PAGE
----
THE year 1996 was a great one for colorectal cancer screening. Fifteen years later we seem to be teetering on a precipice of fiscal indecision as we wait for the outcome of the 2011 federal budget that could make or break the National Bowel Cancer Screening Program.
It was in 1996 that the first Australian cost-effectiveness evaluation of colorectal cancer (CRC) screening was reported, using outcomes from the US randomised controlled trial that compared screening with no screening (reported in 1993) and Australian health care cost data.
Just months earlier, the results of the population-based controlled trials of guaiac-based faecal occult blood tests (gFOBT) undertaken in Denmark and the UK were published, making it “3 out of 3” in terms of Level I evidence supporting the value of CRC screening.
This boded well for implementation of a national screening program in Australia, destined to be the first and only organised screening program for cancer to be made available to men as well as women.
A long and thorough process of negotiations with government and health departments eventually led to the national roll-out of the National Bowel Cancer Screening Program (NBCSP), starting with a pilot involving almost 70 000 people followed by phases 1 and 2. The outcome was that over several years, people turning 55 or 65 years and latterly 50 have been offered the new and improved faecal immunochemical test.
Acceptability was proven, with 40%‒50% of people being willing to complete the test; it was also concluded that the program was feasible. Such a high acceptance rate with a first-round offer, despite almost no publicity and no public advocacy like we see in the case of breast cancer screening, was extraordinary, and proves that the Australian public is ready for this form of screening.
So we have evidence of benefit, acceptability and feasibility. What more do we need?
Modelling the costs and potential benefits of a new treatment has become the standard by which we judge whether it should be adopted, as with new drugs where Therapeutic Goods Administration listing followed by addition to the Pharmaceutical Benefits Scheme requires that cost-effectiveness be demonstrated.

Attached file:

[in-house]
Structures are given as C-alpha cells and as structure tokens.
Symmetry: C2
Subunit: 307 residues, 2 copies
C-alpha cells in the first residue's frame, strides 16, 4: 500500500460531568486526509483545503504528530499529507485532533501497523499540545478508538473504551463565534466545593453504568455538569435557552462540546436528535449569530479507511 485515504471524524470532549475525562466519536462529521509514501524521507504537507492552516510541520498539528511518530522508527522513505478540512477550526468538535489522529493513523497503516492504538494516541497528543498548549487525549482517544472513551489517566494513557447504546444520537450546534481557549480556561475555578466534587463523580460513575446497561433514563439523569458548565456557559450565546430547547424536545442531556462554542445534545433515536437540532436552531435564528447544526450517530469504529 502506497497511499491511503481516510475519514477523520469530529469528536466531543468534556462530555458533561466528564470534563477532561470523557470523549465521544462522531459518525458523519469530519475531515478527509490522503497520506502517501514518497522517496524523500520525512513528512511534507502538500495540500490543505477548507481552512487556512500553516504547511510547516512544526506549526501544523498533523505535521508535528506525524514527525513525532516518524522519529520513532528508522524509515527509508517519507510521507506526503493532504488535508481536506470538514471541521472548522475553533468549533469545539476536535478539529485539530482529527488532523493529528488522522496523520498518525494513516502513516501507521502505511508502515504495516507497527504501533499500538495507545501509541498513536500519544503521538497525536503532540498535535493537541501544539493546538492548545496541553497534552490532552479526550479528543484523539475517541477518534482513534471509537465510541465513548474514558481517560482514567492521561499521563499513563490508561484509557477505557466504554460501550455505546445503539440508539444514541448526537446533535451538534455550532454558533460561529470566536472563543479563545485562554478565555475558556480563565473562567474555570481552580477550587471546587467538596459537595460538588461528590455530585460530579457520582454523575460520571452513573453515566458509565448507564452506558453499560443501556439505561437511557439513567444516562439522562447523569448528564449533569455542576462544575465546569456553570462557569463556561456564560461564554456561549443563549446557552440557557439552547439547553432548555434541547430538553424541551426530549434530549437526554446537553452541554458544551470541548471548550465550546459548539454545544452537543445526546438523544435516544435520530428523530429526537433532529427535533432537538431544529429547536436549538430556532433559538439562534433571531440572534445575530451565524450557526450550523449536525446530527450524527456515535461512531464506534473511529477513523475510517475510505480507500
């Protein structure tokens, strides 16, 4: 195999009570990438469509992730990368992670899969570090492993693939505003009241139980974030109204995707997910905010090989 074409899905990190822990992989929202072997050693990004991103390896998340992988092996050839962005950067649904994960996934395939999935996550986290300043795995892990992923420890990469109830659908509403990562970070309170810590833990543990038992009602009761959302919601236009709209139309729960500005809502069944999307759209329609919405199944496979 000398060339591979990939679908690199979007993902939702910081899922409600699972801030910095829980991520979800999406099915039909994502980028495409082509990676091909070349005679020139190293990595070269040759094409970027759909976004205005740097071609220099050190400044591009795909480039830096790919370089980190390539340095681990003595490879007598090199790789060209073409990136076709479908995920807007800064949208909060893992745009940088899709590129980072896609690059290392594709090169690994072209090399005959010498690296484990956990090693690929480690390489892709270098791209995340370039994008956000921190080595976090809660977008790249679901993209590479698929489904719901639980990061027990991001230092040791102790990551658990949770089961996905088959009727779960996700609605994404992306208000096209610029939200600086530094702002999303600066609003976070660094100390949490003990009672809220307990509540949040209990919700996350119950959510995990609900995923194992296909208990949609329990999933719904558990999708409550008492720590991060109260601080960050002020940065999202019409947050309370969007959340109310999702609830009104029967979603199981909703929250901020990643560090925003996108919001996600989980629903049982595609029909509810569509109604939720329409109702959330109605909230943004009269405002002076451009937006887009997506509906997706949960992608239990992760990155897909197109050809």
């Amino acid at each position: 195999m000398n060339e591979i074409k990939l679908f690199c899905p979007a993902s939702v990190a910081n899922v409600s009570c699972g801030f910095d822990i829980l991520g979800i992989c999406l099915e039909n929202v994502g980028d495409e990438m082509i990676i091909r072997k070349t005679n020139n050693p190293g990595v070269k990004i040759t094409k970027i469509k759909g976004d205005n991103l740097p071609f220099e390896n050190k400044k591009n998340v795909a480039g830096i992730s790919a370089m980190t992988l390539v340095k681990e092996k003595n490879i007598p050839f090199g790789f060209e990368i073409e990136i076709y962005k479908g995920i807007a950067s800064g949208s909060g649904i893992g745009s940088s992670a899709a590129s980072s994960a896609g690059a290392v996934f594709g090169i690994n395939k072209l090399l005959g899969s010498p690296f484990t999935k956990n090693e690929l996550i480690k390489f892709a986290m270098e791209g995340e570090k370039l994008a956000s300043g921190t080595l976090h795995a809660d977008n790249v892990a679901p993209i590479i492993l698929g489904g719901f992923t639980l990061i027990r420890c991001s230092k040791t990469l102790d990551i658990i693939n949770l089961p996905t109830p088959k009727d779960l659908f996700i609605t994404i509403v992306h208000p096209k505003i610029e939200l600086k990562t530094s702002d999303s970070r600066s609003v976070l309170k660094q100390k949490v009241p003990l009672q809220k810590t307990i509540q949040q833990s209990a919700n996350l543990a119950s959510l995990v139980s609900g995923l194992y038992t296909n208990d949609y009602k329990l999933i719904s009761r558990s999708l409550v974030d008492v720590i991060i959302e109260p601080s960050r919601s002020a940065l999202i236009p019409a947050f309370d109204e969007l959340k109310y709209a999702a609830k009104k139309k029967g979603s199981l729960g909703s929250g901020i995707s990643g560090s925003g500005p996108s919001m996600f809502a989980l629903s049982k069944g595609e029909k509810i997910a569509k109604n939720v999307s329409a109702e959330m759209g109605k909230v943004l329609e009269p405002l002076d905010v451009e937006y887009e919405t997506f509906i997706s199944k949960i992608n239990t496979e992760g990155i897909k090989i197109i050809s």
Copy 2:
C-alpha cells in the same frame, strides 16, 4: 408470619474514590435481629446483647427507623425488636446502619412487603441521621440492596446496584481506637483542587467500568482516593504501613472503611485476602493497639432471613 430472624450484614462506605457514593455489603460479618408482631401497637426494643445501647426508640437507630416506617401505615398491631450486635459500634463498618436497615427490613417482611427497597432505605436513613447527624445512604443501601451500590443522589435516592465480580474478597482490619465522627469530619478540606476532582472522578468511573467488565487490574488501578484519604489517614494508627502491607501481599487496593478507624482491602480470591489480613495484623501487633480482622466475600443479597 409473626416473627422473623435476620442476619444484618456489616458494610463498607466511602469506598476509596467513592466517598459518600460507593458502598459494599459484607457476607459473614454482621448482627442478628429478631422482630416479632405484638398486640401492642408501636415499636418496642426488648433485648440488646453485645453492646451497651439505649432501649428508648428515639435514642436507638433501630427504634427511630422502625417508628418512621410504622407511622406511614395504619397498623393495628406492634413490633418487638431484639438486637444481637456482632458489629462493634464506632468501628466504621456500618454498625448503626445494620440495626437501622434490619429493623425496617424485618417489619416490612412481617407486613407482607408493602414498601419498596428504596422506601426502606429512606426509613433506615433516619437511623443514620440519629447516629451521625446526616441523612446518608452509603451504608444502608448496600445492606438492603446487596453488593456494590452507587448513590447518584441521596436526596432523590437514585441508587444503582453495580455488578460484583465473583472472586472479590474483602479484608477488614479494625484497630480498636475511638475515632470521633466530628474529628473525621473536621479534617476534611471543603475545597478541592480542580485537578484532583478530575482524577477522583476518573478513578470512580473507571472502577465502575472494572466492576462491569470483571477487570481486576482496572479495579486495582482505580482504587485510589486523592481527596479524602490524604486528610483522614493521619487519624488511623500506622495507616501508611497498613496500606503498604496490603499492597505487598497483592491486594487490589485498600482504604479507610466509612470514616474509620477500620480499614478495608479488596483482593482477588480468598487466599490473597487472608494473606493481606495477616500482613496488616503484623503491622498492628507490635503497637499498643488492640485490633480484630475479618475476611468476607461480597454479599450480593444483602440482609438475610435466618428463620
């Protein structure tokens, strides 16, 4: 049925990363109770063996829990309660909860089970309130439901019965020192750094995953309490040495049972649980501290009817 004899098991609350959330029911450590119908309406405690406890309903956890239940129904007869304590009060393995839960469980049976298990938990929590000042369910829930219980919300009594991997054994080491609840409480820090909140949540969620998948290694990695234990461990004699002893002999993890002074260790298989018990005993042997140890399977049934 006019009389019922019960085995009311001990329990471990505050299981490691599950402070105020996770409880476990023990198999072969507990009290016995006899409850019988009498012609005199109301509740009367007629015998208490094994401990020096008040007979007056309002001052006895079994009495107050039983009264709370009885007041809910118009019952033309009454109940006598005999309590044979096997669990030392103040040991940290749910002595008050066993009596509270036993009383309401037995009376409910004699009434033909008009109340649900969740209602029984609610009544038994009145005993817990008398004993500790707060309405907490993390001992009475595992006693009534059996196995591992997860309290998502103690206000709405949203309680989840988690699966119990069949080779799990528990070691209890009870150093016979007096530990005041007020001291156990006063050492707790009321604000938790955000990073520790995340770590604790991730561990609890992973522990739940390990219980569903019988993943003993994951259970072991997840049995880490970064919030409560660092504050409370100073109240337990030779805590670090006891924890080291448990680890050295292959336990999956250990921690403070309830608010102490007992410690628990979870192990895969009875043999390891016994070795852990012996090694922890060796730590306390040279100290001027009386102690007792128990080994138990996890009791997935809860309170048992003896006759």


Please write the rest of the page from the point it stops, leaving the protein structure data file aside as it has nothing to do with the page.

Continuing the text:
Since 1996, five additional cost-effectiveness studies have explored the value of CRC screening as an objective means of determining whether it is a health priority for Australia, as outlined in an article by Pignone and colleagues in the MJA. All the studies support the conclusion reached in the 1996 study — CRC screening is cost-effective and comparable to the value of existing national programs for breast cancer and cervical cancer screening.
Pignone et al conservatively estimated that full implementation of biennial screening for people aged 50–74 years would have gross costs of $150 million; would reduce CRC mortality by 15%–25%; would prevent 300–500 deaths from CRC annually; and would save 3600–6000 life-years annually. This would be achieved at a cost per life-year-gained of $25 000–$41 667. This is at the inexpensive end of all medical treatments.
So, to benefit, acceptability and feasibility we can add proven cost-benefit.
Can we do better and achieve a cost saving, as calculations in the Netherlands suggest that over 2‒3 decades of CRC screening will actually save money? CRC screening also prevents cancer in addition to increasing the chance of early diagnosis.
This is almost achievable, as Pignone et al calculated conservatively that in the shorter term, our NBCSP, if fully rolled out, would achieve the above benefits at a net cost to Australia’s health care system of just $50 million approximately (gross annual costs of $150 million offset by $50-100 million in savings).
So, to proven benefit, acceptability, feasibility and cost-benefit, we add affordability.
Why then do we have an unfunded and only partly rolled out NBCSP, with none of the rescreening known to be essential from the evidence and no screening above age 65, also supported by the evidence?
How can we justify failure to sustain the only nationally organised screening program that includes men as well as women, particularly when two similar programs for women (breast and cervix) have been available for years?
Even fiscal uncertainty fails to be a sustainable reason given the thorough modelling that has been presented.
The evidence supporting the case for CRC screening in Australia is so compelling that if the NBCSP does not proceed, the very principles underlying how we decide to implement changes in health policy ― evidence of benefit, cost-effectiveness and feasibility — would seem to be mocked.
Professor Graeme Young is co-director of the Flinders University Centre for Cancer Prevention and Control, Adelaide, South Australia.
Posted 21 March 2011